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Schumer Wants To End Ban On Shipping Alcohol Via Postal Service

Senator Says Move Would Bring $225 Million In Annual Revenue To USPS
Wine Bottles (file/credit: Clip Art)

Wine Bottles (file/credit: Clip Art)

ALBANY, N.Y. (CBSNewYork/AP) – Sen. Charles Schumer wants to scrap a century-old measure so that people can mail wine, beer and liquor to friends and relatives.

A law created in 1909 prohibits the United States Postal Service from delivering alcohol to consumers and Schumer said he will move to end those restrictions in an upcoming bill regarding the future of the struggling agency.

The measure would benefit both the U.S. Postal Service and wine and beer producing states, like New York.

“Allowing the U.S. Postal Service to ship beer, wine and liquor from upstate New York breweries and wineries, like other delivery firms already do, is a win-win: it will provide new business opportunity to this growing industry, all while helping to keep the U.S. Postal Service a viable agency, without cutting services,” Schumer stated.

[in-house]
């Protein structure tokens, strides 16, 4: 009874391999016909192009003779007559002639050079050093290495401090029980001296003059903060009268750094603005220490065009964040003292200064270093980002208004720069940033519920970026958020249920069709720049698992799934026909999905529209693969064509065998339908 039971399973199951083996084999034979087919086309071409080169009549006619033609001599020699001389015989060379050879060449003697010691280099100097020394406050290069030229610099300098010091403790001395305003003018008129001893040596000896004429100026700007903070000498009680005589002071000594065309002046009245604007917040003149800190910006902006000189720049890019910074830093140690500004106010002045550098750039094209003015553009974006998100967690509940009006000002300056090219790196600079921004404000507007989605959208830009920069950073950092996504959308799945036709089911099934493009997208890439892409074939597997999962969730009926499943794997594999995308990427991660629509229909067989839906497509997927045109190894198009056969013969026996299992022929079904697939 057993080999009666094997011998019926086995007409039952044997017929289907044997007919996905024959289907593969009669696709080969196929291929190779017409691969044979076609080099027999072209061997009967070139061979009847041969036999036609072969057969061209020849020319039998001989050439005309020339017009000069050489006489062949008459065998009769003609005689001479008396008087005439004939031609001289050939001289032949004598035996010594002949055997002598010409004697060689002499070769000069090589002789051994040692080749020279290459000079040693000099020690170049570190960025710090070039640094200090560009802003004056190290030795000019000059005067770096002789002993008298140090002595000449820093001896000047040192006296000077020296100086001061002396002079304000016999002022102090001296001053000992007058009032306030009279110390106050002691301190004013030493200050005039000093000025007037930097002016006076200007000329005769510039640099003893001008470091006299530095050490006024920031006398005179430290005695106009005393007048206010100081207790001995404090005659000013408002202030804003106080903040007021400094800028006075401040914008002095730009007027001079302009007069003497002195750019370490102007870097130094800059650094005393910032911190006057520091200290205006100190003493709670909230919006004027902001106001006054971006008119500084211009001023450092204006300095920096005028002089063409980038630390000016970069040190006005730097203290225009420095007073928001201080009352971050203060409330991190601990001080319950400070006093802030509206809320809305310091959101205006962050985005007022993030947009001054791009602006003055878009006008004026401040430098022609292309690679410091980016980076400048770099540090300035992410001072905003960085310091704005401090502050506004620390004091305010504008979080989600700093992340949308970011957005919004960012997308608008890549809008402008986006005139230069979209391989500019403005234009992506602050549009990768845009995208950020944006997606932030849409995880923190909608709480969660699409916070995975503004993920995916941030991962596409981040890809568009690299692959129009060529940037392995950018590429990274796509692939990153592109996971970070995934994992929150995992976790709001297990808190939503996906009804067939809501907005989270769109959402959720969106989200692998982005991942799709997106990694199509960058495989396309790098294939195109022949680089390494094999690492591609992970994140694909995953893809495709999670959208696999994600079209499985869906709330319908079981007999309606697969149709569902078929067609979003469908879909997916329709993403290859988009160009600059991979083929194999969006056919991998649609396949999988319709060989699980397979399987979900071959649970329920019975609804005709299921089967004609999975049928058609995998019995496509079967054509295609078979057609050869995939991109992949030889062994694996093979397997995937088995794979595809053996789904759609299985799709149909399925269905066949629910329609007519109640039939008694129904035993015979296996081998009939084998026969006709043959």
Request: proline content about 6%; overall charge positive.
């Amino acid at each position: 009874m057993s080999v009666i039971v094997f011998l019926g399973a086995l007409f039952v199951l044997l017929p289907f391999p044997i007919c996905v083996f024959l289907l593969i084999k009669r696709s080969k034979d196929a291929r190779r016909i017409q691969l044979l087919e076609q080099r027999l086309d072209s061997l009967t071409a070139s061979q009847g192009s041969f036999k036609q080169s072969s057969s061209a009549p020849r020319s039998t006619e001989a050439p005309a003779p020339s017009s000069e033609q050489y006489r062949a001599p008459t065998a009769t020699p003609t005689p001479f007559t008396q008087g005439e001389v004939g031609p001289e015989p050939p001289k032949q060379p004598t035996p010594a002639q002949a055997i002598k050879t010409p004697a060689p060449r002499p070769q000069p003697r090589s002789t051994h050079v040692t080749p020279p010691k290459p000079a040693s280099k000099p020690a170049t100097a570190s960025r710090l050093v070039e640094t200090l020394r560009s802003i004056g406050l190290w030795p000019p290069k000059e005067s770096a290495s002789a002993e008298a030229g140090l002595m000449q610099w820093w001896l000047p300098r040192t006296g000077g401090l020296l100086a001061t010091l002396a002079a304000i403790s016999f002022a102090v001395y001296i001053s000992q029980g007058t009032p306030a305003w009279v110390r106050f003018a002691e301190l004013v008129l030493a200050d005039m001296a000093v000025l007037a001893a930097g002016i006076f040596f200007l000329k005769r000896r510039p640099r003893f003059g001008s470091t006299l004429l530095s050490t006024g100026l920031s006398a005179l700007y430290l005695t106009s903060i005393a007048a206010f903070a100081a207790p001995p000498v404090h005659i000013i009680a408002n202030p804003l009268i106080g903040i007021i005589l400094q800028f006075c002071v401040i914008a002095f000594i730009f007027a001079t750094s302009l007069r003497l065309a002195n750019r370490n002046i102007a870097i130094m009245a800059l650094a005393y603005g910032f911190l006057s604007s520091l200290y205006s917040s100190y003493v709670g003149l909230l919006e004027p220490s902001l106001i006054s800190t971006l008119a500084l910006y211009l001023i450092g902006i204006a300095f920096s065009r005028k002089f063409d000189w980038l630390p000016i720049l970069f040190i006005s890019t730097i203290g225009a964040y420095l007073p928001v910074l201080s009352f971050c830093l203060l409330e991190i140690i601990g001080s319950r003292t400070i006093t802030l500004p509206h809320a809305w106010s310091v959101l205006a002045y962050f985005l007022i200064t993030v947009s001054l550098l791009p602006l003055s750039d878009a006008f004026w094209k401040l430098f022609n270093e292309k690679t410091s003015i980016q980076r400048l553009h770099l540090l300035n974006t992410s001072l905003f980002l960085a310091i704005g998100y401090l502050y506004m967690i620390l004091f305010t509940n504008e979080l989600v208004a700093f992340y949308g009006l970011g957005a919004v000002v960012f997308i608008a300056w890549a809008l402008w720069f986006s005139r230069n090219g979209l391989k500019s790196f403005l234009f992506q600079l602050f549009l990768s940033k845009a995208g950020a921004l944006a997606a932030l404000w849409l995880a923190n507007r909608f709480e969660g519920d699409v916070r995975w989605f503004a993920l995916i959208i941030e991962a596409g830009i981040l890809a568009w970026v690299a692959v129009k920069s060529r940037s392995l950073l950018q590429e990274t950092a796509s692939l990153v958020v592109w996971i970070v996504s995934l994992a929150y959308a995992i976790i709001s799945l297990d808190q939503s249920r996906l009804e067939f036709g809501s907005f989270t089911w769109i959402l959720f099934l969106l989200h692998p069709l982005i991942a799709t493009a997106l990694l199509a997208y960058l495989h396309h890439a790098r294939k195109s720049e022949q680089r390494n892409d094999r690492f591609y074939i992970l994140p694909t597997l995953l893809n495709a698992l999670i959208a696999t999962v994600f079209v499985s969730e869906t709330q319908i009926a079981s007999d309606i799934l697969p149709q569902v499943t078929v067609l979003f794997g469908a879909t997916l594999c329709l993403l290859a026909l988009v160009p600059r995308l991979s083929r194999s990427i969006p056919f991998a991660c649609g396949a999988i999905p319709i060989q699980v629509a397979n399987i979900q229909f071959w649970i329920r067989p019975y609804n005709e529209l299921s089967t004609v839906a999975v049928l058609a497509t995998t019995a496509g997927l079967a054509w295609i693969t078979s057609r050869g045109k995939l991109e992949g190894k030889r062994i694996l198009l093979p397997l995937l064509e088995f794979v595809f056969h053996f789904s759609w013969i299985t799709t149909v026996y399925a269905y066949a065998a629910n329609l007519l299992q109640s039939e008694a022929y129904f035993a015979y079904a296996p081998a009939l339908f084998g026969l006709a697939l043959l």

“Allowing the United States Postal Service to join FedEx, UPS, and other common carriers would create healthy alternatives and price competition, give wineries another option, provide consumers with more choices, and generate new revenues for the USPS,” stated President of the New York Wine & Grape Foundation Jim Trezise.

Consumers would see a break in the cost because the Postal Service has flat rates for packages while other carriers often charge by weight and distance, Schumer said.

Schumer estimates the measure could bring the Postal Service another $225 million a year and he wants to “push the envelope.”

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